What about Extra Rare and Cordon Blue (from Martell) – are these terms allowed or must the companies stick to the certain terms acknowledged by BNIC and which are these?


Question six (last)

Would this be a possibility on a label “Appellation Cognac Fine Fins Bois Controlle” ?
In other words, i am given to understand that the cru name can appear only if 100% of the grapes are from that cru (it could theoretically be several varieties of allowed grapes right?) . is it compulsory for the words Appellation and Controlle to appear or just the name of the cru. After all, cognac or eau-de-vie de charente has to also be on the label compulsorily right/ Also is the word fine used correctly by me in the above?

thanks a lot and I await these answers and confirmation from the experts.


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Max is a spirits expert and speaker, into marketing, technology, startups, and business development. He’s also a farmer. He likes tools and machines, Game of Thrones, and Better Call Saul. Included in his Top 10 Cognacs are the Audry XO and Bache Gabrielsen 1973.Max founded Cognac Expert in 2010 at his family’s estate in Poullignac, in the Cognac region, France. Started as a blog, today Cognac Expert is the world’s largest website about all things Cognac, a blog, and a specialized online shop featuring 800+ different Cognac bottles.

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    Question 1 : If the house buys grapes from say Petite-Champagne, the Cognac produced can bear the Appellation “Petite (Fine) Champagne”.

    Question 2 : All the eau-de-vie must be matured, blended and aged (not bottled) in cellars within Cognac Area.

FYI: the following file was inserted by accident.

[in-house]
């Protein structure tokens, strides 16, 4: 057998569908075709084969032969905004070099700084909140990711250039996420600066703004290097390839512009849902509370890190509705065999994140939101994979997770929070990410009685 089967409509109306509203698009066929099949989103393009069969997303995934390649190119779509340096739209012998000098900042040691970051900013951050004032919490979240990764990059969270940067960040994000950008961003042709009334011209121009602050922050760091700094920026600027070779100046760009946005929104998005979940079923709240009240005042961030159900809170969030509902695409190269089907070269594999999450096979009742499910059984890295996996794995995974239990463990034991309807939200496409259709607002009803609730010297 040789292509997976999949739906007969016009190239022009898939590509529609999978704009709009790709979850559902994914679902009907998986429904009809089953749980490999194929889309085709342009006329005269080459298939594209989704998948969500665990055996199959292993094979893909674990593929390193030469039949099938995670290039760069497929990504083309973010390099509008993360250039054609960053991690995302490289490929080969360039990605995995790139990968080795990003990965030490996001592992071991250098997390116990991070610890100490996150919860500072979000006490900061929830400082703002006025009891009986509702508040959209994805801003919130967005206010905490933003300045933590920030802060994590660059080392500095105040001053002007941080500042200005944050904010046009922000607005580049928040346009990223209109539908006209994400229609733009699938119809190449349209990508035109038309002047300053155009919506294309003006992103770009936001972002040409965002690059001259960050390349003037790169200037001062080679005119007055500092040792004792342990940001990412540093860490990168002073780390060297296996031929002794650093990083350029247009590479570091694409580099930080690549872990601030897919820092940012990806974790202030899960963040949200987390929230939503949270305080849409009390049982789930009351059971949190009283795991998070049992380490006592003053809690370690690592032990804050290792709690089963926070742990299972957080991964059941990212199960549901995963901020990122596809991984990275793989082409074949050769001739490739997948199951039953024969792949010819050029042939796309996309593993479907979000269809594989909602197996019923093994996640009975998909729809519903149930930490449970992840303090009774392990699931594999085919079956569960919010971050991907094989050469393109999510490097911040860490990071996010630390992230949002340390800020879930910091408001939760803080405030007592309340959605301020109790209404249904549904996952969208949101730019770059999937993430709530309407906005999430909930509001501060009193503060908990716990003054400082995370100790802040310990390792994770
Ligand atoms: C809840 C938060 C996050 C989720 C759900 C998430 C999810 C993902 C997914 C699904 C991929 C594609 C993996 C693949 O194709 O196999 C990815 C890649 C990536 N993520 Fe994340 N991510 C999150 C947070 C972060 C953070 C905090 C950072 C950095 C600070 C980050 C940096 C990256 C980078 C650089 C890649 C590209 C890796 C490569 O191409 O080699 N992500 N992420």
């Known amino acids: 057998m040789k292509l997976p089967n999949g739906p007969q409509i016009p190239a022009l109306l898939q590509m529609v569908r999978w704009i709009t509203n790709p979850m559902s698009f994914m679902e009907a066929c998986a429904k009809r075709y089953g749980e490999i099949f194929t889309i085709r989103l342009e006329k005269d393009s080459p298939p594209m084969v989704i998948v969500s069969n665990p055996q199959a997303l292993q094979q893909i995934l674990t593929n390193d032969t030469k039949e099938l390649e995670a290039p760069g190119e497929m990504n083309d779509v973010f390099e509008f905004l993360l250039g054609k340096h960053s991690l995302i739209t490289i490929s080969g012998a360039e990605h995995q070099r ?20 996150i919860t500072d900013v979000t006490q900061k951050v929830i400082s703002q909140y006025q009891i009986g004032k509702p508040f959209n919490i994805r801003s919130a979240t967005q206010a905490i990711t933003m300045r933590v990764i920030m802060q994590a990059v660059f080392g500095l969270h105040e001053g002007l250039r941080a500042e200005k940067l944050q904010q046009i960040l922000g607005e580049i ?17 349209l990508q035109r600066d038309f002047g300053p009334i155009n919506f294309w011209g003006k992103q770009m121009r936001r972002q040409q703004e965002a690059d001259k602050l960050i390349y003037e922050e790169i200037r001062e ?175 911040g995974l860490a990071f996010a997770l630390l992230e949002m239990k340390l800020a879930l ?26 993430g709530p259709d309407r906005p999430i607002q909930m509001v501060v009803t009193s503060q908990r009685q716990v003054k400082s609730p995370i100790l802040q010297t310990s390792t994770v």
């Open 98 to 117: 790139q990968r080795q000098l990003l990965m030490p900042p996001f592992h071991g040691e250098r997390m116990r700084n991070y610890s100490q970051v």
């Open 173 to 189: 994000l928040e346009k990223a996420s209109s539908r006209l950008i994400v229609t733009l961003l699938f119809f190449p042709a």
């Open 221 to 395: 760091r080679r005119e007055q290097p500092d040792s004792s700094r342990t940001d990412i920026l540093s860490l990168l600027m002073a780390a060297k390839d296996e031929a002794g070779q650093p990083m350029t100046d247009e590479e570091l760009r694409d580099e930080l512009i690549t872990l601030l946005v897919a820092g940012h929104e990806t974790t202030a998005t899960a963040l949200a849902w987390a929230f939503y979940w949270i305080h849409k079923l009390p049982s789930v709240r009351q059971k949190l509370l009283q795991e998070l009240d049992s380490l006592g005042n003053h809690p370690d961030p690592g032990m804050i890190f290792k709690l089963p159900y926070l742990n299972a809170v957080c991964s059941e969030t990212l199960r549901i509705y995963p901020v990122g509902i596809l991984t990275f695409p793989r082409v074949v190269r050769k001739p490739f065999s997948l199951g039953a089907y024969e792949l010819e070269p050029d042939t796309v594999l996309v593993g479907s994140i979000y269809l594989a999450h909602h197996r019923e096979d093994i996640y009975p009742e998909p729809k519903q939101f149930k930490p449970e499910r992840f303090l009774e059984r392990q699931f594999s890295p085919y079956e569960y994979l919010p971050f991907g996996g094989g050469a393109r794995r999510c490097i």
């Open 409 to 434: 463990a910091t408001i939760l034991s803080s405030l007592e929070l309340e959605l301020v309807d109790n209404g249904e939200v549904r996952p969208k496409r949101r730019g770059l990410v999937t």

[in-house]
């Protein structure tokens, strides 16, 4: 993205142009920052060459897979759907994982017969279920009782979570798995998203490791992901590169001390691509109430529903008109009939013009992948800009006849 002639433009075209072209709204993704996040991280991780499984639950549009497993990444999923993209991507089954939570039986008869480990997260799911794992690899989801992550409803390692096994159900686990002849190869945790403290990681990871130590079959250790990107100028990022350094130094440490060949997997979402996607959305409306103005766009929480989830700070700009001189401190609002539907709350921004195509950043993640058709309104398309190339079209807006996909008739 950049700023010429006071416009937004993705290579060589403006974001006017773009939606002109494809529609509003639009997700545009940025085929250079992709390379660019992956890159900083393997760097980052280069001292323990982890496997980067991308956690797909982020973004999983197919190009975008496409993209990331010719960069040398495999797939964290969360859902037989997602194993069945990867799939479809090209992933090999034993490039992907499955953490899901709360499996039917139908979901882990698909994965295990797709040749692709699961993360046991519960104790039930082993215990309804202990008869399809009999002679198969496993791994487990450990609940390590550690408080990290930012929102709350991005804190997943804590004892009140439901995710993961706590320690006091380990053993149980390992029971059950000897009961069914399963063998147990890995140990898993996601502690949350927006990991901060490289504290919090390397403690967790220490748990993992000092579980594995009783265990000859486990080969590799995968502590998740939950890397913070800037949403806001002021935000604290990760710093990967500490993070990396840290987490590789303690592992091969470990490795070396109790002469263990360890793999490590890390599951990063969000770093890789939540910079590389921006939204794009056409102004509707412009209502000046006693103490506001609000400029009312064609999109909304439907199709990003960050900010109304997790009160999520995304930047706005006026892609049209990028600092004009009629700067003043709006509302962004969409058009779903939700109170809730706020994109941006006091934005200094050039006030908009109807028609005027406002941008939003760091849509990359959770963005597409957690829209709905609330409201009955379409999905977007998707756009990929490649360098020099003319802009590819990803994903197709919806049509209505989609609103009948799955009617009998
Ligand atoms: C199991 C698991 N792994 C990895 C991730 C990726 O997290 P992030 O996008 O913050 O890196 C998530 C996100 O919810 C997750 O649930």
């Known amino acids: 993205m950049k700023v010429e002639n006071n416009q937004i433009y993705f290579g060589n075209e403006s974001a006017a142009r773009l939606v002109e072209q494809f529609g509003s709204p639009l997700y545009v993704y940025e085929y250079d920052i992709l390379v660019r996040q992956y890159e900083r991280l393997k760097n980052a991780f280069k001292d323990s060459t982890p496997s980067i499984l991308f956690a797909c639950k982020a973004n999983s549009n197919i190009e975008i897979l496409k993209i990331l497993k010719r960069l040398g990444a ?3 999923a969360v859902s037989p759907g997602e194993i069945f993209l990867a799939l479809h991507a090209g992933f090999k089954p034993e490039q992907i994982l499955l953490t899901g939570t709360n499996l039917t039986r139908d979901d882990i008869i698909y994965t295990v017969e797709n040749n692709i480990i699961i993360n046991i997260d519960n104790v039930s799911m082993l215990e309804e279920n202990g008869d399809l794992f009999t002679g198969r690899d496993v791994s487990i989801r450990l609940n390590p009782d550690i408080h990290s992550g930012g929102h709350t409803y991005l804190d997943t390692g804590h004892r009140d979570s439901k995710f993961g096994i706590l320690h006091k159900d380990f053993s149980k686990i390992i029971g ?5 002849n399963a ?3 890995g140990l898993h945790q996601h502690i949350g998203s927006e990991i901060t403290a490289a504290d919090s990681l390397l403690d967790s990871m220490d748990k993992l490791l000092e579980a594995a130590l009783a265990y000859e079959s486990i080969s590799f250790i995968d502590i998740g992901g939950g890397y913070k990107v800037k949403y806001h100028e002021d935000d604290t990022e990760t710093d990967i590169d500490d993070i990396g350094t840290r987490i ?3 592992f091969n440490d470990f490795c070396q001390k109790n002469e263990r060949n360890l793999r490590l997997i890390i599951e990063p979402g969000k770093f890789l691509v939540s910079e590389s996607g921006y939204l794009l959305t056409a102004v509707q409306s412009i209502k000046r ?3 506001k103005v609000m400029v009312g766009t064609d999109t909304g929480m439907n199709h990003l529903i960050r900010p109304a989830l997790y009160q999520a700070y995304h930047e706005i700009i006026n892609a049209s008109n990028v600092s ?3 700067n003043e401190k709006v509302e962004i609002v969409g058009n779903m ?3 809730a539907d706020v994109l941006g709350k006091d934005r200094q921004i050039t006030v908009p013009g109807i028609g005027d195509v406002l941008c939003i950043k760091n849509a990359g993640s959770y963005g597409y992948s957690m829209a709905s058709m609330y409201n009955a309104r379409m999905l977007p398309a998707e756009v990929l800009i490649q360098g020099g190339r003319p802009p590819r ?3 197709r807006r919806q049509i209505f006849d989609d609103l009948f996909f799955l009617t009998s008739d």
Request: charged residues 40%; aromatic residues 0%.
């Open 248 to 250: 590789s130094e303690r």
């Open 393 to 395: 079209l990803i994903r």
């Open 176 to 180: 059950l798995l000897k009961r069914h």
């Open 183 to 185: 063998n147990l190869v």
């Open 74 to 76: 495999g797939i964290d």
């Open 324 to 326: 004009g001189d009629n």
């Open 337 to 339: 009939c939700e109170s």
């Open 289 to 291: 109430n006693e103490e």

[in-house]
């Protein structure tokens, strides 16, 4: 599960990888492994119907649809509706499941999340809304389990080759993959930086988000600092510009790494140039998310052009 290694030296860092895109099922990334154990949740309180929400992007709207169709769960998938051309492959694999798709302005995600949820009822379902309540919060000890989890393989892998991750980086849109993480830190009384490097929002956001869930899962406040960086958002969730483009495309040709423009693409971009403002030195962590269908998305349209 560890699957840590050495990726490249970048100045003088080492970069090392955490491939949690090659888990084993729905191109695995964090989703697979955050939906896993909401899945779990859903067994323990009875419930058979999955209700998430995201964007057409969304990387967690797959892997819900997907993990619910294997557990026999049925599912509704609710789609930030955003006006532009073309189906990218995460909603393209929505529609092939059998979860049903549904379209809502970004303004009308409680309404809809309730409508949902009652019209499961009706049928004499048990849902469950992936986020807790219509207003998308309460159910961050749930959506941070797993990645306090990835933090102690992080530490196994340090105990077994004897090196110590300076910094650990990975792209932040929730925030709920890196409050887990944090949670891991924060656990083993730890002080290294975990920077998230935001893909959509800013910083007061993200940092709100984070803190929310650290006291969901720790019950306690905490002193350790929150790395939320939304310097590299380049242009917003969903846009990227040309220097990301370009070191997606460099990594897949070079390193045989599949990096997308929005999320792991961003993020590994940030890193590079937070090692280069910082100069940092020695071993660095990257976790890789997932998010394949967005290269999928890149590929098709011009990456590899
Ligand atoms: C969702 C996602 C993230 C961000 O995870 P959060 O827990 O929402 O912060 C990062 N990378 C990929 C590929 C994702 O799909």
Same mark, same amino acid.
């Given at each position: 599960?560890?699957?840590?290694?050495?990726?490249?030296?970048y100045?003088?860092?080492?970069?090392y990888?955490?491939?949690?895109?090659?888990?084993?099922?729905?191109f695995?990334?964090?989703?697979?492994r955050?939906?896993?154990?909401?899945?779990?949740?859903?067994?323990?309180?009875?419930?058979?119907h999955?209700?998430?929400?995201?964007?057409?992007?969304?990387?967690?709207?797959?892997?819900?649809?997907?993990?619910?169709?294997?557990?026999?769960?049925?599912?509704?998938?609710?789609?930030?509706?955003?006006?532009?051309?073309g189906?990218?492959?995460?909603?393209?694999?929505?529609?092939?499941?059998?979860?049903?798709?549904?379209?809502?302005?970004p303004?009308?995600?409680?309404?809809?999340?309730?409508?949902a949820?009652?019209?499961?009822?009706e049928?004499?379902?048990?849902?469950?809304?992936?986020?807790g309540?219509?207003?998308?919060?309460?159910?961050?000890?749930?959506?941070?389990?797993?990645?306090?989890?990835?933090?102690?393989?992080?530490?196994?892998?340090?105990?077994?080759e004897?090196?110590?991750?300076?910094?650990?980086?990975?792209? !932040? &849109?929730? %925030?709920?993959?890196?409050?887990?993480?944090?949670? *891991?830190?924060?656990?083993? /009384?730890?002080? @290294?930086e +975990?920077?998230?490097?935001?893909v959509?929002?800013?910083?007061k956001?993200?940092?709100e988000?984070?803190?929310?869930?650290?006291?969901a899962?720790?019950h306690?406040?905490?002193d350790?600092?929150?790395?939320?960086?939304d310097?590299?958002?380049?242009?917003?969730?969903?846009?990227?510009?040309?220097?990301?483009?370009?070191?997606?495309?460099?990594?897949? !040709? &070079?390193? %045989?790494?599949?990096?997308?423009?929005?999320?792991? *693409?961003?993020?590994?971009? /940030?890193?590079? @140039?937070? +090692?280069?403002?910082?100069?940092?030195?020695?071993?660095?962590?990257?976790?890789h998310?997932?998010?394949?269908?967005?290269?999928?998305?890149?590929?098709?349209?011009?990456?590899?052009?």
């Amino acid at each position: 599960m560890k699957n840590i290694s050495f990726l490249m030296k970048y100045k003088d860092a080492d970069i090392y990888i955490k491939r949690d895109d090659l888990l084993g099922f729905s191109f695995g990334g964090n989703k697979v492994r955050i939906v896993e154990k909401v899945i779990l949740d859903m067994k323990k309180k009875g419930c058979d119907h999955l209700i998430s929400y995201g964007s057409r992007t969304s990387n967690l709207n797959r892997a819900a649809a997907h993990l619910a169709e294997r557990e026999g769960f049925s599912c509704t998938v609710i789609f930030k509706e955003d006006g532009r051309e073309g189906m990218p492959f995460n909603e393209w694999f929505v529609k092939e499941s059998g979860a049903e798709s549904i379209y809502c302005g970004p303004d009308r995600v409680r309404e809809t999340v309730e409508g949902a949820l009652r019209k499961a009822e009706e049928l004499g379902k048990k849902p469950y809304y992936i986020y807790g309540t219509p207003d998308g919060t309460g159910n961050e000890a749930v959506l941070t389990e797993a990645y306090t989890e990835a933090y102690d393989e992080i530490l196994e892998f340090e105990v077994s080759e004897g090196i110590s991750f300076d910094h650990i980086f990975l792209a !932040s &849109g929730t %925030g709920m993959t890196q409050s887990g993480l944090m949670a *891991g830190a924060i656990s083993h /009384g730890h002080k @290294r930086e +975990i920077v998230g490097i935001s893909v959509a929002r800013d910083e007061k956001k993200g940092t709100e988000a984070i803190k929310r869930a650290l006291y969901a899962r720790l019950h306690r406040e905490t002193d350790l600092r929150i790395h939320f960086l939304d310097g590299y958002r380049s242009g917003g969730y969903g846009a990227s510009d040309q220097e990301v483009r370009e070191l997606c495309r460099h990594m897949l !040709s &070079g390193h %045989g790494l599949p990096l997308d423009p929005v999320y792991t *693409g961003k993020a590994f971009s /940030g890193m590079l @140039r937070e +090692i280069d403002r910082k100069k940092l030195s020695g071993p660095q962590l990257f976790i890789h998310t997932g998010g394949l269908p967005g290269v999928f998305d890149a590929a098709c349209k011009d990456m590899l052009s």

Question 3 : NEW BNIC Regulation (2011). Cognac may be made only from a strict list of grape varieties :
    – colombard B, folle blanche B, montils B, sémillon B, ugni blanc B
    – folignan B (maximum 10%)
    Now, jurançon blanc B, meslier saint-françois B and sélect B are allowed only for vines in place prior 2005 (September the 18th).

    Question 4 : You can do as you want.

    Question 5 : Cognac Qualities and MINIMUM Age
    – Compte 2 : “3 étoiles”, “Sélection”, “De Luxe”, ‘VS”, “Grand Choix”, “Surchoix” and assimilated
    – Compte 3 “Supérieur” and assimilated
    – Compte 4 : “Vieux”, “VO”, “VSOP”, “Réserve” and assimilated
    – Compte 5 : “VVSOP”, “Grande Réserve” and assimilated
    – Compte 6 : “Extra”, “XO”, “Napoléon”, “Royal”, “Très Vieux”, “Vieille Réserve” and assimilated
    It is compulsory to use these terms depending upon the age of the youngest eau-de-vie in the blend.
    To take your example : “Extra Rare” is assimilated to “Extra” and “Cordon Blue” is a brand name (no age indication in the name).

    Question 6 : No possibility of Appellation Cognac “Fine Fins Bois”.
    You can only find «Grande Fine Champagne», «Grande Champagne», «Petite Fine Champagne», «Petite Champagne», «Fine Champagne», «Borderies», «Fins Bois», «Bons Bois», «Bois ordinaires» and «Bois à terroirs».
    It is not compulsory for the words “Appellation” “Contrôlée” to appear. You can find bottles with only the name “Cognac” (and the name of the cru).